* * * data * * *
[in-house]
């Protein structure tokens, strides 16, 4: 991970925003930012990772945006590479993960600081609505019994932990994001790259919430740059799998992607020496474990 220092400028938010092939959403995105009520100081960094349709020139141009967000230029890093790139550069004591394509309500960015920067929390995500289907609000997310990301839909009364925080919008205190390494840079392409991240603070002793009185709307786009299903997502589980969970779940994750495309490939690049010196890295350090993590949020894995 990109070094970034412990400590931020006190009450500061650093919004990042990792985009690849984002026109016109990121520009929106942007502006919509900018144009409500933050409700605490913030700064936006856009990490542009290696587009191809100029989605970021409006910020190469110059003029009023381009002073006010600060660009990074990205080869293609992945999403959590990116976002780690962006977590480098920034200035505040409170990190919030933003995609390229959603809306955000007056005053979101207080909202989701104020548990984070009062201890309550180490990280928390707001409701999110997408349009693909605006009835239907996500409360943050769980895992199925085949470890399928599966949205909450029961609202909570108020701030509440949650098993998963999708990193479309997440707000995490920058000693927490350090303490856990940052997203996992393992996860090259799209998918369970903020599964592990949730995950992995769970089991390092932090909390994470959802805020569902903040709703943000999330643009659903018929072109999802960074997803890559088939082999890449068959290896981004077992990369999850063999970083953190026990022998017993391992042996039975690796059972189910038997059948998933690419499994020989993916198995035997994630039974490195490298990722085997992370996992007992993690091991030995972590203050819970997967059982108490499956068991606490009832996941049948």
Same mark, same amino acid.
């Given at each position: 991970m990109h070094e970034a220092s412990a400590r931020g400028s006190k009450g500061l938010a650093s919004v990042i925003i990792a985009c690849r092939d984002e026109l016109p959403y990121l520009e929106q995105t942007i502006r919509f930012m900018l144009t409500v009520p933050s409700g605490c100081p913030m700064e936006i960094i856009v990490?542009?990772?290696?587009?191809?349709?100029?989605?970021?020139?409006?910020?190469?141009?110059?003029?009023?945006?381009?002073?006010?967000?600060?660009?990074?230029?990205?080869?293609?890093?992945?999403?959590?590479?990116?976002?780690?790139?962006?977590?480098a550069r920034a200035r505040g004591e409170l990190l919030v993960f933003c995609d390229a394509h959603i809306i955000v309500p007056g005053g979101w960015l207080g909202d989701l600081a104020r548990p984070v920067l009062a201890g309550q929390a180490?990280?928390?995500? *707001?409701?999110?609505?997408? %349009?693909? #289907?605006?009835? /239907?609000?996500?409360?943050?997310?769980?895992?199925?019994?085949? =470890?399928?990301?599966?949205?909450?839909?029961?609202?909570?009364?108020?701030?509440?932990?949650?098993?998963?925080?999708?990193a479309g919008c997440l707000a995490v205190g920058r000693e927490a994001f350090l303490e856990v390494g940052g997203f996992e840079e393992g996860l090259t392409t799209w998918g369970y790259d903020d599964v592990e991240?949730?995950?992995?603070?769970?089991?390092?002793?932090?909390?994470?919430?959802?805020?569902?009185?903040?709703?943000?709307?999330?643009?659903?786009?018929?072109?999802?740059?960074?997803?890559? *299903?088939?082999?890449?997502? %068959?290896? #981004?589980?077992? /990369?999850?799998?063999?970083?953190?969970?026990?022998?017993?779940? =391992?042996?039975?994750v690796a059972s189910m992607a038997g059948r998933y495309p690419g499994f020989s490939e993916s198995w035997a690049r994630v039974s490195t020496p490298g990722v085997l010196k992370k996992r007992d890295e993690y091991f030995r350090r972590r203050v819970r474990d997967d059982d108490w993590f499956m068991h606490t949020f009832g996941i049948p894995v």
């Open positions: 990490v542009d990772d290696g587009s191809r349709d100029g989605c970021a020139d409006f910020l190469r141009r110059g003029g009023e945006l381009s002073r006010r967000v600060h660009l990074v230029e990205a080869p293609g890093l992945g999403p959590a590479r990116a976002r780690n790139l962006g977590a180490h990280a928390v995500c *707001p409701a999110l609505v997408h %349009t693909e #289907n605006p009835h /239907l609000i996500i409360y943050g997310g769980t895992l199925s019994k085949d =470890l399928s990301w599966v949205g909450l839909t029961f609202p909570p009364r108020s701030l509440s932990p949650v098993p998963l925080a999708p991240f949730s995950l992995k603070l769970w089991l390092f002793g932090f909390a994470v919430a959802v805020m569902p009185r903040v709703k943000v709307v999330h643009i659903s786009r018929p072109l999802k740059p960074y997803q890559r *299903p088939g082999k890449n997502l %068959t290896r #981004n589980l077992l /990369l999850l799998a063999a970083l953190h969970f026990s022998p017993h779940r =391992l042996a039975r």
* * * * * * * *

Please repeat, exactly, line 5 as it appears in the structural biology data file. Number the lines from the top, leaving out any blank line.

């Open positions: 990490v542009d990772d290696g587009s191809r349709d100029g989605c970021a020139d409006f910020l190469r141009r110059g003029g009023e945006l381009s002073r006010r967000v600060h660009l990074v230029e990205a080869p293609g890093l992945g999403p959590a590479r990116a976002r780690n790139l962006g977590a180490h990280a928390v995500c *707001p409701a999110l609505v997408h %349009t693909e #289907n605006p009835h /239907l609000i996500i409360y943050g997310g769980t895992l199925s019994k085949d =470890l399928s990301w599966v949205g909450l839909t029961f609202p909570p009364r108020s701030l509440s932990p949650v098993p998963l925080a999708p991240f949730s995950l992995k603070l769970w089991l390092f002793g932090f909390a994470v919430a959802v805020m569902p009185r903040v709703k943000v709307v999330h643009i659903s786009r018929p072109l999802k740059p960074y997803q890559r *299903p088939g082999k890449n997502l %068959t290896r #981004n589980l077992l /990369l999850l799998a063999a970083l953190h969970f026990s022998p017993h779940r =391992l042996a039975r």